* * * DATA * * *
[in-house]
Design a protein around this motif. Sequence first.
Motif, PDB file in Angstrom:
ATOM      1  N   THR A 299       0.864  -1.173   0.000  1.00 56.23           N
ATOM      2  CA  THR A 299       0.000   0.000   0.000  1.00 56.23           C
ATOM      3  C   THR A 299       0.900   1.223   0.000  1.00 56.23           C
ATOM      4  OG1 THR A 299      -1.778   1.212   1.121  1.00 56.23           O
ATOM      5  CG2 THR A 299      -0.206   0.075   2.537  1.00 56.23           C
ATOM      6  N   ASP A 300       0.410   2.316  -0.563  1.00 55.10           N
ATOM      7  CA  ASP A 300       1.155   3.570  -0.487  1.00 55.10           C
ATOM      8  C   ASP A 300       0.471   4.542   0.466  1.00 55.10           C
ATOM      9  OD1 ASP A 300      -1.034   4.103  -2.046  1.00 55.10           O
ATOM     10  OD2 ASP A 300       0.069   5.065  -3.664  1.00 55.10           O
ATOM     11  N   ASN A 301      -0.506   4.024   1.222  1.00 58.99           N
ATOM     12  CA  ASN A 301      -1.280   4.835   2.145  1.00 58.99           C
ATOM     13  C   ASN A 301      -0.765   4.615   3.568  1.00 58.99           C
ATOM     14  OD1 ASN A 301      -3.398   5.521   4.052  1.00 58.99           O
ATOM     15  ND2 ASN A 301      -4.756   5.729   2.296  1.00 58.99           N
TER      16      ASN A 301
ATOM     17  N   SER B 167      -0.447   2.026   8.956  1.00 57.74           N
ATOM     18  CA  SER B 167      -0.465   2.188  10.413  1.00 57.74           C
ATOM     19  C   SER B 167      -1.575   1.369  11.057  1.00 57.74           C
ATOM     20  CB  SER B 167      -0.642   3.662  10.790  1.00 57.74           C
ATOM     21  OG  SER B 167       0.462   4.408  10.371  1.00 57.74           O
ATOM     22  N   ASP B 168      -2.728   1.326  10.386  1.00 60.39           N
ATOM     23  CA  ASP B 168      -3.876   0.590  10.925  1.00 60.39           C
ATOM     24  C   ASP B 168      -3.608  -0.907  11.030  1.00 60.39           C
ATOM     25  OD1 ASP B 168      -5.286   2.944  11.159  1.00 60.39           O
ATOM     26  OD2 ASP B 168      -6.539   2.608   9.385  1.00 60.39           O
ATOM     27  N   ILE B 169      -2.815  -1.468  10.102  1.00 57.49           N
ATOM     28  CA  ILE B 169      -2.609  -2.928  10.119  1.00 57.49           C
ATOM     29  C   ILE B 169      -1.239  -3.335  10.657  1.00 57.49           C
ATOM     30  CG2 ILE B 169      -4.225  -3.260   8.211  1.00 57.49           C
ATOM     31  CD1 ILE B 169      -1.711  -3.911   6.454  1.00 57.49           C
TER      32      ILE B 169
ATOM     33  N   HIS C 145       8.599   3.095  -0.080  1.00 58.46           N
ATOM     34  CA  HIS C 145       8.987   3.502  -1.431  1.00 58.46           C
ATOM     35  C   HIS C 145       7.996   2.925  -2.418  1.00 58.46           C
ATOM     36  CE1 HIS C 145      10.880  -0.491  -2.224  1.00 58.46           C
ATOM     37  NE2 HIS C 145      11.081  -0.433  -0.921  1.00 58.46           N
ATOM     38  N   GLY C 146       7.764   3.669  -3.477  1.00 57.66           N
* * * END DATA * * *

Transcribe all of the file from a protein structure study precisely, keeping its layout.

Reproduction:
[in-house]
Design a protein around this motif. Sequence first.
Motif, PDB file in Angstrom:
ATOM      1  N   THR A 299       0.864  -1.173   0.000  1.00 56.23           N
ATOM      2  CA  THR A 299       0.000   0.000   0.000  1.00 56.23           C
ATOM      3  C   THR A 299       0.900   1.223   0.000  1.00 56.23           C
ATOM      4  OG1 THR A 299      -1.778   1.212   1.121  1.00 56.23           O
ATOM      5  CG2 THR A 299      -0.206   0.075   2.537  1.00 56.23           C
ATOM      6  N   ASP A 300       0.410   2.316  -0.563  1.00 55.10           N
ATOM      7  CA  ASP A 300       1.155   3.570  -0.487  1.00 55.10           C
ATOM      8  C   ASP A 300       0.471   4.542   0.466  1.00 55.10           C
ATOM      9  OD1 ASP A 300      -1.034   4.103  -2.046  1.00 55.10           O
ATOM     10  OD2 ASP A 300       0.069   5.065  -3.664  1.00 55.10           O
ATOM     11  N   ASN A 301      -0.506   4.024   1.222  1.00 58.99           N
ATOM     12  CA  ASN A 301      -1.280   4.835   2.145  1.00 58.99           C
ATOM     13  C   ASN A 301      -0.765   4.615   3.568  1.00 58.99           C
ATOM     14  OD1 ASN A 301      -3.398   5.521   4.052  1.00 58.99           O
ATOM     15  ND2 ASN A 301      -4.756   5.729   2.296  1.00 58.99           N
TER      16      ASN A 301
ATOM     17  N   SER B 167      -0.447   2.026   8.956  1.00 57.74           N
ATOM     18  CA  SER B 167      -0.465   2.188  10.413  1.00 57.74           C
ATOM     19  C   SER B 167      -1.575   1.369  11.057  1.00 57.74           C
ATOM     20  CB  SER B 167      -0.642   3.662  10.790  1.00 57.74           C
ATOM     21  OG  SER B 167       0.462   4.408  10.371  1.00 57.74           O
ATOM     22  N   ASP B 168      -2.728   1.326  10.386  1.00 60.39           N
ATOM     23  CA  ASP B 168      -3.876   0.590  10.925  1.00 60.39           C
ATOM     24  C   ASP B 168      -3.608  -0.907  11.030  1.00 60.39           C
ATOM     25  OD1 ASP B 168      -5.286   2.944  11.159  1.00 60.39           O
ATOM     26  OD2 ASP B 168      -6.539   2.608   9.385  1.00 60.39           O
ATOM     27  N   ILE B 169      -2.815  -1.468  10.102  1.00 57.49           N
ATOM     28  CA  ILE B 169      -2.609  -2.928  10.119  1.00 57.49           C
ATOM     29  C   ILE B 169      -1.239  -3.335  10.657  1.00 57.49           C
ATOM     30  CG2 ILE B 169      -4.225  -3.260   8.211  1.00 57.49           C
ATOM     31  CD1 ILE B 169      -1.711  -3.911   6.454  1.00 57.49           C
TER      32      ILE B 169
ATOM     33  N   HIS C 145       8.599   3.095  -0.080  1.00 58.46           N
ATOM     34  CA  HIS C 145       8.987   3.502  -1.431  1.00 58.46           C
ATOM     35  C   HIS C 145       7.996   2.925  -2.418  1.00 58.46           C
ATOM     36  CE1 HIS C 145      10.880  -0.491  -2.224  1.00 58.46           C
ATOM     37  NE2 HIS C 145      11.081  -0.433  -0.921  1.00 58.46           N
ATOM     38  N   GLY C 146       7.764   3.669  -3.477  1.00 57.66           N